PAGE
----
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Everything You Need to Know About Stabilizing a Shot

Logan Baker

From capturing the image in camera to sitting down in front of your computer, here are all the ways you can fix (or work with) shaky footage.

Top image via Zach Ramelan.

I have a love/hate relationship with shaky footage. On one hand, the aesthetic can add realism while grounding your project, giving it a documentary feel. But on the other hand, it’s easy to write off shaky footage as amateur or low-quality. It’s all about what look you’re going for.

However, sometimes you absolutely have to get rid of the shake, especially if you’re shooting for a client. Even if you don’t have a super-nice gimbal or a Steadicam, you can pull off sweeping, cinematic smoothness with a few of these tips and tricks before you hit record.


How to Plan Ahead

So before you actually start capturing your footage, if you know you’ll be using Warp Stabilizer in post, there are a few different things you can do to increase your odds of success. One is to shoot at a high shutter speed. This will reduce motion blur, making everything a bit crisper and making Warp Stabilizer’s job a lot easier.

Some practical tricks to try with your gear include using your tripod as a Steadicam. The weight of the legs will counterbalance the camera and tripod head to smooth your tracking shot.

Also, you could shoot in 4K (if possible) because Warp Stabilizer will crop the footage, so you’ll be able to get your full 1080p after the fact.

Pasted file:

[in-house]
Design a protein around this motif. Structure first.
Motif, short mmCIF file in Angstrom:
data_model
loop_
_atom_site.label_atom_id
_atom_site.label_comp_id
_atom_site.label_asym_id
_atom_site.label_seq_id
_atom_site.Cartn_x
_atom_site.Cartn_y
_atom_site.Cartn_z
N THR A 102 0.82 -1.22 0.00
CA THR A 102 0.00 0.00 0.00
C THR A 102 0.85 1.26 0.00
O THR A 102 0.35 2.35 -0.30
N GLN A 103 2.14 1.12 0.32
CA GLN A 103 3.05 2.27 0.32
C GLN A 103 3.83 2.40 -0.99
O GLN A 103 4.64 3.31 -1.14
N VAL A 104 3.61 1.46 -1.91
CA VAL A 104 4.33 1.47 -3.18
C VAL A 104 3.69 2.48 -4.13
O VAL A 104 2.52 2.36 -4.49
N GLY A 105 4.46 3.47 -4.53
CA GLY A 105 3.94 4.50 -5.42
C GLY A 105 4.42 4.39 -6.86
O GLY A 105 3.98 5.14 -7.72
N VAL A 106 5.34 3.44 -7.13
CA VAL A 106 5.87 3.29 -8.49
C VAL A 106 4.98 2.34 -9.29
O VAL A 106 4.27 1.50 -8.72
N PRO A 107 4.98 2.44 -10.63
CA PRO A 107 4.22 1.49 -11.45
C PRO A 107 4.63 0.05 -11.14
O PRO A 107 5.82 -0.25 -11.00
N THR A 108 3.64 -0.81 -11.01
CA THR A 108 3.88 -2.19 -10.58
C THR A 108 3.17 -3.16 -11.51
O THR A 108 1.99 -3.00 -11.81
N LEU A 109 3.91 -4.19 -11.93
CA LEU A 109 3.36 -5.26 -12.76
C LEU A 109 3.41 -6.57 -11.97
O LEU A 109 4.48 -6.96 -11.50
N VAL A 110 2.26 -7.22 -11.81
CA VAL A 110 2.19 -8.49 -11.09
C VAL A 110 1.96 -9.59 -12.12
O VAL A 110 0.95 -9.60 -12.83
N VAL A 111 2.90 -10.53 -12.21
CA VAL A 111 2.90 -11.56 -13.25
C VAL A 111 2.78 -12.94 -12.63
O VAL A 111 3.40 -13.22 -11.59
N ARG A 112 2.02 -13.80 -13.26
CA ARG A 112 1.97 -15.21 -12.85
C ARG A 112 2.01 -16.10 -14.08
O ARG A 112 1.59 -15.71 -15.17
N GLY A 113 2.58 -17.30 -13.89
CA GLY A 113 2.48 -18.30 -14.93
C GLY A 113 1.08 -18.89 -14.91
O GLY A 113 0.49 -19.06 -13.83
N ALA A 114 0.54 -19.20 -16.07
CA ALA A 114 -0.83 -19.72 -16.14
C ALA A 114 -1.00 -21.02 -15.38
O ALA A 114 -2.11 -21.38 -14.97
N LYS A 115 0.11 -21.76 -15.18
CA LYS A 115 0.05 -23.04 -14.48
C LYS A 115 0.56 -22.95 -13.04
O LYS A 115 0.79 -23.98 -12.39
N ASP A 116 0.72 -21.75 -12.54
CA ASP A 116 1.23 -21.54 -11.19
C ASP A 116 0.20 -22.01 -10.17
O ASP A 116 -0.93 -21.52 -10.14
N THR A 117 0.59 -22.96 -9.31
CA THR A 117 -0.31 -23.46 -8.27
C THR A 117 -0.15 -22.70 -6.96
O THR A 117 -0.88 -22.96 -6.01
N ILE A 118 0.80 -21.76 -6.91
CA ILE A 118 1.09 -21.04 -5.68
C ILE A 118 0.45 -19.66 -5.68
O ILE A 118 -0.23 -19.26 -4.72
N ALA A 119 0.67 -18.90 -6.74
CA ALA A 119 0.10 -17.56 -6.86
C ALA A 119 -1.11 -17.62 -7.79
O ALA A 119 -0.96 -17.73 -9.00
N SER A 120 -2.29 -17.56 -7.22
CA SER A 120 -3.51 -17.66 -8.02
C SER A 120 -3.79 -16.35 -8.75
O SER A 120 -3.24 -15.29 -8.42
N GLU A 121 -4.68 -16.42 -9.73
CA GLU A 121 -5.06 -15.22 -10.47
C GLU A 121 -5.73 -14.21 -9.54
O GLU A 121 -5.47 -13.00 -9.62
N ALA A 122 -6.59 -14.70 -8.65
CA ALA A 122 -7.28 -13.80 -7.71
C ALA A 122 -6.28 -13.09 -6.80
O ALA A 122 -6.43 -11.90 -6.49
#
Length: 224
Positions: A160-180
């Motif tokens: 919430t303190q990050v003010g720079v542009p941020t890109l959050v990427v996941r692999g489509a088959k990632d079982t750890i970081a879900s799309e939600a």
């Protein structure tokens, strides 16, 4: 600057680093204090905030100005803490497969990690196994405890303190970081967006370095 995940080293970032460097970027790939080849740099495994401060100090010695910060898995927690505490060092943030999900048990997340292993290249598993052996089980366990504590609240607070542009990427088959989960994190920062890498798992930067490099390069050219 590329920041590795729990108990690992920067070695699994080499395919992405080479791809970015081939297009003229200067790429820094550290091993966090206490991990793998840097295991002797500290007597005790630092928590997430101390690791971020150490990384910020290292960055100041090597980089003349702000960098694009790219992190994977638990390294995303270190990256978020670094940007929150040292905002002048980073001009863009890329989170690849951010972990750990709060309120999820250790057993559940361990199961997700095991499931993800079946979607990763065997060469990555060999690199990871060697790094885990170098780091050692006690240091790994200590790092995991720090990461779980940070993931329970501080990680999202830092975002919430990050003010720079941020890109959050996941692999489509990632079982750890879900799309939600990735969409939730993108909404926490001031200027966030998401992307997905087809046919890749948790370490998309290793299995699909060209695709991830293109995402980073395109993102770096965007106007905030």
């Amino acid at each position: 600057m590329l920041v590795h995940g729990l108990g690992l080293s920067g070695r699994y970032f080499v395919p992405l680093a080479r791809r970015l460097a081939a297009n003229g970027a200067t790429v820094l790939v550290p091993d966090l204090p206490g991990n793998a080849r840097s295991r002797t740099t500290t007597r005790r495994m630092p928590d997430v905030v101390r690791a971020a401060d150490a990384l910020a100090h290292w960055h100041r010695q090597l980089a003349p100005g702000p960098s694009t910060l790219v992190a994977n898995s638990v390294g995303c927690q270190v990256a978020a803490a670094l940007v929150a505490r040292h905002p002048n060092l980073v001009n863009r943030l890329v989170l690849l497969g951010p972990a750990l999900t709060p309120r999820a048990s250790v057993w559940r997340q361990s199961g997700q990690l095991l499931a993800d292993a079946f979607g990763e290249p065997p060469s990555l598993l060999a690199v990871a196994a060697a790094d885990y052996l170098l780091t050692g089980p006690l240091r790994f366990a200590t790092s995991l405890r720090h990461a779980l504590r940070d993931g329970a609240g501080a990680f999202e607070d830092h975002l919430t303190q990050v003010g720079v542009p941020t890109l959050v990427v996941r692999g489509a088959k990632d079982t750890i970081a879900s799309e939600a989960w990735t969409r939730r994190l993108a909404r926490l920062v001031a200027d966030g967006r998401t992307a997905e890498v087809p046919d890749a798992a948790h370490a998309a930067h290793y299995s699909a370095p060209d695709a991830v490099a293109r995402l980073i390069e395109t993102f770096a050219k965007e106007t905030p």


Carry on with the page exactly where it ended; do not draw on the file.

Another way you can help your future self is to shoot with a wider lens. This brings us to our next video, which explains why shooting movement with a wider lens is a must.


Choosing the Right Lenses

So a rule of thumb is that if you’re going to move the camera around (necessitating Warp Stabilizer later), then you really want to shoot with a wider lens. Not only will you get more in the shot, but you also won’t have the condensed background you’d get with a longer lens — and there’s more in your frame. This means movements aren’t as big, which can make the shot disorienting for your audience.

In the video above, Zach Ramelan suggests using a wide zoom lens, which gives you a little more freedom to find the right focal length for your gimbal shot. But most of these gimbal shots are going to be for B-roll, or they’ll be cinematic in nature, so it’s okay to use up to a 50mm. Anything more, and you’ll have to be careful with the steadiness and how much you move the gimbal.

However, gimbals aren’t the only tools you can use to steady your camera.


Building the Solution

The solution to all your problems is here! Not really, but who doesn’t love a good, old-fashioned dolly? For this particular build (there are many other variations of this rig), all you need is a piece of wood wide and thick enough to support your tripod. Throw in some PVC pipes, skateboard wheels, 4 L-brackets, and some hex bolts, and you’ll be rolling smoothly in no time.

Even after using a rig like this, I still throw on Warp Stabilizer because there will inevitably be some minor shakes in your final shot, and the Stabilizer does a good job of smoothing it all out.


Once You Make It to Post

So when it comes to using Warp Stabilizer in Premiere Pro, the hows and whats are pretty simple. You simply drag the effect over to your clip on the timeline and let the effect analyze it. The effect will take some time. But as you can see, if you’ve followed some of the tips from the videos above, the end result will look pretty satisfying. You won’t be able to include the shot if it’s a super long “oner”-style take, but there’s no denying that the effect works wonders under the right circumstances.


Looking for more filmmaking tips and tricks? Check out these articles.

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